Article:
The wine was brought by a waiter in a tuxedo-uniform. He was probably sent by his female co-worker to get a share in the humorous spectacle of villagers in the city. The waiter inquired if we wished a vegetarian or a regular menu. Hubby was being humorous (or so he thought) and asked playfully if he looked like a vegetarian, patting lovingly his bulging belly. The waiter blushed, said nothing and started to bring in bizarrely tiny portions of fancifully arranged meals. Before serving each, he named it, and I understood none of it because I don’t speak Gourmetese.
The last course was a dessert brought in cups so incredibly small that I was doubting if it was worth the bother at all. When the waiter was out of earshot, I dryly observed that I drink vodka from a cup larger than this. A couple at a neighbouring table looked in my direction, mildly amused. The waiter returned to ask if we wanted coffee. I wanted coffee very much but I had all reasons to believe that I would have to order five to ten cups to satisfy my need. I said I didn’t want any. So we drove home, where I got my usual half-litre mug of coffee and hubby a buttered toast.
I attract street sweepers and building cleaners. I wonder if it’s because I’m clean and neat or because I’m dirty and disordered. (My mirror says it’s the former. Hopefully.) I love that they love me but they scare me. Consider this.
The other day I was literally crawling in the street, busied with taking macro photos of cobblestones and minding my own business. Suddenly a voice behind my back said: “Whatyaupta?” I got a fright and dropped my camera on the cobble. “I’ll see when I see it,” I said tentatively in a tiny shivering voice. It was just a street sweeper. He smiled at me and said: “Ughuh.” (I think he meant “I see.”) His two front teeth were missing.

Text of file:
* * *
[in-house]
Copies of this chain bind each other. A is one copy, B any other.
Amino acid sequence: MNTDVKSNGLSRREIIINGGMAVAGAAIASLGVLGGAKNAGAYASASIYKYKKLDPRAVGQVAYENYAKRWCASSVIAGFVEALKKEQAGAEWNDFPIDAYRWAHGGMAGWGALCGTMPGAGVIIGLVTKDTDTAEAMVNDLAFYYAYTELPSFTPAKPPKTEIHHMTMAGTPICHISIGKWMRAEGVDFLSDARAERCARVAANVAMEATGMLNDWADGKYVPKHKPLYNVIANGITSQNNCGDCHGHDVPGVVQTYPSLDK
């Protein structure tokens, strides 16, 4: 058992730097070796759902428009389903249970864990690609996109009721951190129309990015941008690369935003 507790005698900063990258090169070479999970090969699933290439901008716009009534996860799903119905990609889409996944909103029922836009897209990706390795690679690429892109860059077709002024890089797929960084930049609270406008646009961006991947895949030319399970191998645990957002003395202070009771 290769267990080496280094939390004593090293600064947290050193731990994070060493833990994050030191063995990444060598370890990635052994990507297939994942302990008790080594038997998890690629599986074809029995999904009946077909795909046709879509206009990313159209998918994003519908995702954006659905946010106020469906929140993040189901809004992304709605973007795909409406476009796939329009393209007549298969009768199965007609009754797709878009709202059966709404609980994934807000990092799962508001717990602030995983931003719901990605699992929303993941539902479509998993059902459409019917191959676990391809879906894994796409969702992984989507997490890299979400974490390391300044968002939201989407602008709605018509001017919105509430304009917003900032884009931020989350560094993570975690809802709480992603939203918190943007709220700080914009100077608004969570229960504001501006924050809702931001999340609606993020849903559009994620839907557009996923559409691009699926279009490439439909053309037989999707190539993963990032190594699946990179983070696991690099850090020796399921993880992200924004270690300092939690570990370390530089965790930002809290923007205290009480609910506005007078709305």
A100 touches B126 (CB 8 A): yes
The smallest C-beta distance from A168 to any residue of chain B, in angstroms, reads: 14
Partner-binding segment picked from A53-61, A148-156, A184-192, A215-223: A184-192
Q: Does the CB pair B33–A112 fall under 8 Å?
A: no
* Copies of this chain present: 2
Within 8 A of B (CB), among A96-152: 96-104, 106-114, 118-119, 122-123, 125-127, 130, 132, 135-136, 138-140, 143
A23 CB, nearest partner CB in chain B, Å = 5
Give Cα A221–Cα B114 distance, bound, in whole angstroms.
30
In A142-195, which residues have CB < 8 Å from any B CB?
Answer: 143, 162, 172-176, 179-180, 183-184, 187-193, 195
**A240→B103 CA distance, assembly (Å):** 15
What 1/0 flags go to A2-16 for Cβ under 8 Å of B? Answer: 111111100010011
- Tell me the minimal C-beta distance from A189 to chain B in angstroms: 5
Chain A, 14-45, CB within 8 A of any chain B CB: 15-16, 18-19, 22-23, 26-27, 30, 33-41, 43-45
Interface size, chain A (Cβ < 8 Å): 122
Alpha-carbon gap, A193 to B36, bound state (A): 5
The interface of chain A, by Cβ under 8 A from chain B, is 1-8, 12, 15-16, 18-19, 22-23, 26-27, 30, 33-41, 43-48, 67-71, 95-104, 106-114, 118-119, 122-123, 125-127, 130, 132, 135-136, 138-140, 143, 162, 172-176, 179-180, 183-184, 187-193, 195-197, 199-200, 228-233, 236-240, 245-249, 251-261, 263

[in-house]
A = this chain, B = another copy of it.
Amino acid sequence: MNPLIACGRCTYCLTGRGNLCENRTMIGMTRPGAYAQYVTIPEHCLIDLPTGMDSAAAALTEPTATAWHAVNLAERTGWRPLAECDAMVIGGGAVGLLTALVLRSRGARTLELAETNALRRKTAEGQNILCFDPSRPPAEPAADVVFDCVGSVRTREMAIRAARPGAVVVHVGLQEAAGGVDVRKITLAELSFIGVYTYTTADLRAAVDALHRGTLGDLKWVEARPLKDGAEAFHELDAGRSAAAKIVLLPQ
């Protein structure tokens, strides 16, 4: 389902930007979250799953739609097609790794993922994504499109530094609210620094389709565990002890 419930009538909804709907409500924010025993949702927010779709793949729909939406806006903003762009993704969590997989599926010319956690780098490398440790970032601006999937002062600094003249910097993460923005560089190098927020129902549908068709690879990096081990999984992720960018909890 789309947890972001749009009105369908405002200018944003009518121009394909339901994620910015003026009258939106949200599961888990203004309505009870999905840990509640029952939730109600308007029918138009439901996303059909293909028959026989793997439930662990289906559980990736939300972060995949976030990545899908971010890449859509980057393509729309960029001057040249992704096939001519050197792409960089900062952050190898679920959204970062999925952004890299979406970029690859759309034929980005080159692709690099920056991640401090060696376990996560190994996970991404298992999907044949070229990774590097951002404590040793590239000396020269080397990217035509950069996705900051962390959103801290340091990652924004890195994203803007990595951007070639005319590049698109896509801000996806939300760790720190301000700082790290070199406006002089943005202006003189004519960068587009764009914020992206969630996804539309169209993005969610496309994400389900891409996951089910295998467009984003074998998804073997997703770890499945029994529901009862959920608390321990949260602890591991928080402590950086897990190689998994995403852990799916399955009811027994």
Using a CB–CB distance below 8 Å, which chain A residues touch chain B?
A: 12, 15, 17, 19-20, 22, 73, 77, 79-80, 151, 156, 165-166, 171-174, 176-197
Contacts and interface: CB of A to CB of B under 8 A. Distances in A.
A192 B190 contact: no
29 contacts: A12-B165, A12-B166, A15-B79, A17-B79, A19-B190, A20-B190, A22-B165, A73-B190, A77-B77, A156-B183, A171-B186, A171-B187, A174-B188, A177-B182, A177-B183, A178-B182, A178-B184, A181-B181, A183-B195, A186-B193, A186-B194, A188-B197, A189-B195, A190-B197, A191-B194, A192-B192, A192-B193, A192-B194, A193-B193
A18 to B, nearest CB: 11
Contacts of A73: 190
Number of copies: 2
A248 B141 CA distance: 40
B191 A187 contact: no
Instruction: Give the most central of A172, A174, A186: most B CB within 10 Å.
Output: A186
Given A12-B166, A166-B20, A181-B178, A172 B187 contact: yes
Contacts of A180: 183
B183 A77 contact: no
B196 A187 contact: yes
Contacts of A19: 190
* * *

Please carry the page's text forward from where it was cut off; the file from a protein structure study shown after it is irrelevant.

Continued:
The next day I walked in a lift in a public building. There was someone inside already but all I saw was a vague silhouette because I don’t stare at people. The door shut. Suddenly my hand was firmly grabbed and there was a loud scream: “Aaww, what a cute colour!” I would have collapsed but I couldn’t because I was held. It was just a cleaning woman who really liked my nails. Still, I could hardly stir when she took the lift to the cellar, where she exited.
Something is fundamentally wrong. Is it me or is it the cleaning people? What’s your experience?
The following conversation took place about midnight, after hubby left the car parked on the driveway rather than in the garage and after curious granny couldn’t cope with this state of things any longer.
The door is thrown open. A voice from the darkness of the corridor.
Granny (alarmed): There’s a red light blinking in the car! Hubby (grumpily): I know. Granny (insistent): But there’s a red light blinking there! Hubby (annoyed): It’s the security system.
Granny (suspicious): Is it? Hubby (disgruntled): Huh.
Granny (disgruntled): Huh.
A snort is heard. The door is slammed closed.
I’ve been studying granny’s behaviour pattern for years and discovered that she uses evading techniques to ask for what she wants. In this case study, she required that the car be put in the garage, but utilised a substitute problem to achieve her aim. She didn’t achieve it, for hubby is male and hence doesn’t take orders unless bribed. I mean, motivated.
To provide some comfort for the poor disgruntled lady, I came up with a series of alternative solutions for the blinking red light case.
1. The car is communicating with aliens.
2. The car elves are having a disco.
3. The car battery is trying to commit suicide.
4. The car is winking at thieves to come in.
5. The car is having a nervous tick.
I’m sure it’s number five because the car hates to be parked on the driveway as much as granny does.